Social Security Strategies for Divorced Couples

You may be able to claim a benefit based on your ex-spouse's earnings.

Lots of things are lost when you get divorced: a shared home, mutual friends, old wedding photos. But here's something that may not disappear: your ability to base Social Security benefits on your spouse's earnings record. Or in this instance, your ex-spouse's earnings record. If you left the workforce to care for children or aging parents, or simply earned a lot less than your former spouse, this often overlooked Social Security provision could dramatically bump up your benefits.

In order to claim either spousal or survivor benefits, you must have been married for at least 10 years and not be entitled to a higher benefit based on your own record. In addition, you must be at least 62 and unmarried. You'll lose the spousal benefit if you remarry, although you can reapply if you get divorced again or your second spouse dies.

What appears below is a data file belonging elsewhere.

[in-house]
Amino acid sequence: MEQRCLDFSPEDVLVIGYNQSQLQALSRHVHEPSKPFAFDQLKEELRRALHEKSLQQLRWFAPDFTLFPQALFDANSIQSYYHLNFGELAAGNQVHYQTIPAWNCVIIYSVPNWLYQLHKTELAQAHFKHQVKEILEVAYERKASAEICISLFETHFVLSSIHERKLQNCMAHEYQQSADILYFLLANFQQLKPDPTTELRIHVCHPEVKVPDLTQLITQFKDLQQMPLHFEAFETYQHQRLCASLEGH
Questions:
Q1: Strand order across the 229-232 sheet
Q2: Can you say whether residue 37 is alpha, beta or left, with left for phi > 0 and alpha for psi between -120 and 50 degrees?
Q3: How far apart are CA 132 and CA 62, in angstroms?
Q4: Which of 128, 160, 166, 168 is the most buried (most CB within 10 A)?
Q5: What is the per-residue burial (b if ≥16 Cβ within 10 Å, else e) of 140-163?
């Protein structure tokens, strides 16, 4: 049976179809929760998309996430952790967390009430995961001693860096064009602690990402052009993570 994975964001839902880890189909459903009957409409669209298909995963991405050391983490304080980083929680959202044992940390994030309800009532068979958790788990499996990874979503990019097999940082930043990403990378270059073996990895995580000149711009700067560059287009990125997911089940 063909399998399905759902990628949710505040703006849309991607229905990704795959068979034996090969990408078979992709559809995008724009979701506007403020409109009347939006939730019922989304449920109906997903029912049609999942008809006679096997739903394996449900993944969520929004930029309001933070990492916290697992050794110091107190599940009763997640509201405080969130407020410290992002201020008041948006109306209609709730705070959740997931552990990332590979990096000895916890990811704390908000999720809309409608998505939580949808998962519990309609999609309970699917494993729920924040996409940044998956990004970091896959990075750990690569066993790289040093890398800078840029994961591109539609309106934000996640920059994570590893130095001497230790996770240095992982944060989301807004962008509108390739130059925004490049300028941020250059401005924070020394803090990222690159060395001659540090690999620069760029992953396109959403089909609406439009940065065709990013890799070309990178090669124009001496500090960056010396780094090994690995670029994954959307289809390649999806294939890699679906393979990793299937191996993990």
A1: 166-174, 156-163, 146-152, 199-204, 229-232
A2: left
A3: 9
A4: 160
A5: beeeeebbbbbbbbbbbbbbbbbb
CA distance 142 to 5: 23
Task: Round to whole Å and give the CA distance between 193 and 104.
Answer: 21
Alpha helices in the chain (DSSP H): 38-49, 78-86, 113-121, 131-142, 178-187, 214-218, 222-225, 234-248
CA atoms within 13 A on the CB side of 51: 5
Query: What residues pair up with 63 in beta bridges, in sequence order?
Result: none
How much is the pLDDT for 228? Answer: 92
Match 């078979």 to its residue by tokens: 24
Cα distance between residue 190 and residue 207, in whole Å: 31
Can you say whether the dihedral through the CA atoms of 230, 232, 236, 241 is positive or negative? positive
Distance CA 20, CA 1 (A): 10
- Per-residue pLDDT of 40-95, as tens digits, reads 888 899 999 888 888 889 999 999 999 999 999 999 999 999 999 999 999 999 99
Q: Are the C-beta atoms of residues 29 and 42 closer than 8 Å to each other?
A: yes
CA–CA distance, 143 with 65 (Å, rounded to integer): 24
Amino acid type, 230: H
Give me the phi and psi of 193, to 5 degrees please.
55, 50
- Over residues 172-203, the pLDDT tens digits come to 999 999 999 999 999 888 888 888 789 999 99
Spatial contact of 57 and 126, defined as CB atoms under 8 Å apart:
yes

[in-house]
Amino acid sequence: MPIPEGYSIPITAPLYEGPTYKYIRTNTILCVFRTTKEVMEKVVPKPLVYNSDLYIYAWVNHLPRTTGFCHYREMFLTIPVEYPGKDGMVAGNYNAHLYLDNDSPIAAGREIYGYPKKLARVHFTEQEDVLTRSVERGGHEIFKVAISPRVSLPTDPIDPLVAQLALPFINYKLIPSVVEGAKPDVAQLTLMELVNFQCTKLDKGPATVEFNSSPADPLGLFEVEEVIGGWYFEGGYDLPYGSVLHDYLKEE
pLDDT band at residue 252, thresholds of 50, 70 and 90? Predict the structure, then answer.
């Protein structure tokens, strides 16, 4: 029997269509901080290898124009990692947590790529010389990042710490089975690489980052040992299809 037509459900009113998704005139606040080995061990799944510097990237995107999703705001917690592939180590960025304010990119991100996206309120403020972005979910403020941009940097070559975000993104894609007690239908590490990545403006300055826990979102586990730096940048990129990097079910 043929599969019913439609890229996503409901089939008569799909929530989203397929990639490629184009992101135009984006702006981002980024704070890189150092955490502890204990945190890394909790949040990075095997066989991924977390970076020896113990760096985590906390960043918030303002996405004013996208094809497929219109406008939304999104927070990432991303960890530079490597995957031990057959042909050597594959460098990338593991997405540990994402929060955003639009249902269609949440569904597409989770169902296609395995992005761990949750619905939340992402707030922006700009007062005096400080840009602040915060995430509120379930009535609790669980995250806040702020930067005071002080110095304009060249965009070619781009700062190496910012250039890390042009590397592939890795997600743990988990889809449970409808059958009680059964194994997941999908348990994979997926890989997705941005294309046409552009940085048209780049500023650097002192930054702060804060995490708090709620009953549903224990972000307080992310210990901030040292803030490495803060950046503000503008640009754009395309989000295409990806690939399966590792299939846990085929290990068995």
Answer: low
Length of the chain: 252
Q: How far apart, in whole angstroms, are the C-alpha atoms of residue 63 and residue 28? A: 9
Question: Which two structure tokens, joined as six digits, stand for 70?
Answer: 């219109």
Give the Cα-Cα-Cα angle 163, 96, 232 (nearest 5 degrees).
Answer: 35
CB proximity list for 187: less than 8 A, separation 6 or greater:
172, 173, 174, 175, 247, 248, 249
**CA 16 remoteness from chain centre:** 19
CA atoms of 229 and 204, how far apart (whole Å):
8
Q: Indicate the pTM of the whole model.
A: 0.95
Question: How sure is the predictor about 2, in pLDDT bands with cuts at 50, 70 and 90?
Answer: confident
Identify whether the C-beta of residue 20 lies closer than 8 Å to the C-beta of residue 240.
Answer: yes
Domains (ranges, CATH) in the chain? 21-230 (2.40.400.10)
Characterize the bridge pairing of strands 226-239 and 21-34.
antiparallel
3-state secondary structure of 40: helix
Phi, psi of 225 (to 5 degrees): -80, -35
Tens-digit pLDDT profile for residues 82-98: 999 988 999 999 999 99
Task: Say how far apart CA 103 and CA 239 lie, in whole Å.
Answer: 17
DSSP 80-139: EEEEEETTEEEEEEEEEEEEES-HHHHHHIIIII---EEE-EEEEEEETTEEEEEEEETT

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Sandra Block
Senior Editor, Kiplinger's Personal Finance

Block joined Kiplinger in June 2012 from USA Today, where she was a reporter and personal finance columnist for more than 15 years. Prior to that, she worked for the Akron Beacon-Journal and Dow Jones Newswires. In 1993, she was a Knight-Bagehot fellow in economics and business journalism at the Columbia University Graduate School of Journalism. She has a BA in communications from Bethany College in Bethany, W.Va.